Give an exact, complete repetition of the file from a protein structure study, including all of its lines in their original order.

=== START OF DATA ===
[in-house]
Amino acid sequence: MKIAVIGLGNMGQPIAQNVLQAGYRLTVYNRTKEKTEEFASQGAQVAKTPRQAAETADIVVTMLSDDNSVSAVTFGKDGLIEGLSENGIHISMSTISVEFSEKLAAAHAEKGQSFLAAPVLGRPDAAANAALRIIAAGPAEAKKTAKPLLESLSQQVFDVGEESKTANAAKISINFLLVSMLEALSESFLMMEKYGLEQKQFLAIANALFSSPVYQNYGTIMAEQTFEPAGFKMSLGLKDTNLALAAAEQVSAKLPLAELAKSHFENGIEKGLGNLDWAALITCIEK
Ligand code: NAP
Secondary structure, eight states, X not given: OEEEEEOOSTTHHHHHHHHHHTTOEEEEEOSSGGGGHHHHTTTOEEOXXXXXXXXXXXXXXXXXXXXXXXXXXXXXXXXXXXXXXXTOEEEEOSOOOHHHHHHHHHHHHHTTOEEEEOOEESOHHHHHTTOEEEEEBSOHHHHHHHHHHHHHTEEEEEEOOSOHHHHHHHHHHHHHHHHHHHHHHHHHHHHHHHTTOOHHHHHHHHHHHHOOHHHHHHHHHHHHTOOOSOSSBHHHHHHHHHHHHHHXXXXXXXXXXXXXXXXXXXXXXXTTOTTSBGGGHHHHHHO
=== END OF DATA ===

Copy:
[in-house]
Amino acid sequence: MKIAVIGLGNMGQPIAQNVLQAGYRLTVYNRTKEKTEEFASQGAQVAKTPRQAAETADIVVTMLSDDNSVSAVTFGKDGLIEGLSENGIHISMSTISVEFSEKLAAAHAEKGQSFLAAPVLGRPDAAANAALRIIAAGPAEAKKTAKPLLESLSQQVFDVGEESKTANAAKISINFLLVSMLEALSESFLMMEKYGLEQKQFLAIANALFSSPVYQNYGTIMAEQTFEPAGFKMSLGLKDTNLALAAAEQVSAKLPLAELAKSHFENGIEKGLGNLDWAALITCIEK
Ligand code: NAP
Secondary structure, eight states, X not given: OEEEEEOOSTTHHHHHHHHHHTTOEEEEEOSSGGGGHHHHTTTOEEOXXXXXXXXXXXXXXXXXXXXXXXXXXXXXXXXXXXXXXXTOEEEEOSOOOHHHHHHHHHHHHHTTOEEEEOOEESOHHHHHTTOEEEEEBSOHHHHHHHHHHHHHTEEEEEEOOSOHHHHHHHHHHHHHHHHHHHHHHHHHHHHHHHTTOOHHHHHHHHHHHHOOHHHHHHHHHHHHTOOOSOSSBHHHHHHHHHHHHHHXXXXXXXXXXXXXXXXXXXXXXXTTOTTSBGGGHHHHHHO